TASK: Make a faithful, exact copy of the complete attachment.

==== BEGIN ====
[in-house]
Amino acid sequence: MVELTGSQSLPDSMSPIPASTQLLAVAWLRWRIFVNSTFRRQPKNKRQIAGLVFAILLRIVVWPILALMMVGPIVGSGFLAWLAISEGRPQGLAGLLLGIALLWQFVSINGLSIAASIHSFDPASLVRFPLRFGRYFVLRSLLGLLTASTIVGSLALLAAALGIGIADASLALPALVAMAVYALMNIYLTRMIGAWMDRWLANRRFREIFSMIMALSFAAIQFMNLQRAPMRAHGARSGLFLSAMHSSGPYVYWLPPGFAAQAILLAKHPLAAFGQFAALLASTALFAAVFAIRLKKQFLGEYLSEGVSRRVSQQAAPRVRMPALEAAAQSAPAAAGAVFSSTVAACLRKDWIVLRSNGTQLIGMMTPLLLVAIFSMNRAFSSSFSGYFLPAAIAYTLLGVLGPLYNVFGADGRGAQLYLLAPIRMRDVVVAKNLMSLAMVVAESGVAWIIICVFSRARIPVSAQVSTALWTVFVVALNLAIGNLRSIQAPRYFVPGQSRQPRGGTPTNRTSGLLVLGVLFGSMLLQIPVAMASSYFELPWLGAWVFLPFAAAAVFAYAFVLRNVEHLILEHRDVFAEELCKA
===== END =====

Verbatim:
[in-house]
Amino acid sequence: MVELTGSQSLPDSMSPIPASTQLLAVAWLRWRIFVNSTFRRQPKNKRQIAGLVFAILLRIVVWPILALMMVGPIVGSGFLAWLAISEGRPQGLAGLLLGIALLWQFVSINGLSIAASIHSFDPASLVRFPLRFGRYFVLRSLLGLLTASTIVGSLALLAAALGIGIADASLALPALVAMAVYALMNIYLTRMIGAWMDRWLANRRFREIFSMIMALSFAAIQFMNLQRAPMRAHGARSGLFLSAMHSSGPYVYWLPPGFAAQAILLAKHPLAAFGQFAALLASTALFAAVFAIRLKKQFLGEYLSEGVSRRVSQQAAPRVRMPALEAAAQSAPAAAGAVFSSTVAACLRKDWIVLRSNGTQLIGMMTPLLLVAIFSMNRAFSSSFSGYFLPAAIAYTLLGVLGPLYNVFGADGRGAQLYLLAPIRMRDVVVAKNLMSLAMVVAESGVAWIIICVFSRARIPVSAQVSTALWTVFVVALNLAIGNLRSIQAPRYFVPGQSRQPRGGTPTNRTSGLLVLGVLFGSMLLQIPVAMASSYFELPWLGAWVFLPFAAAAVFAYAFVLRNVEHLILEHRDVFAEELCKA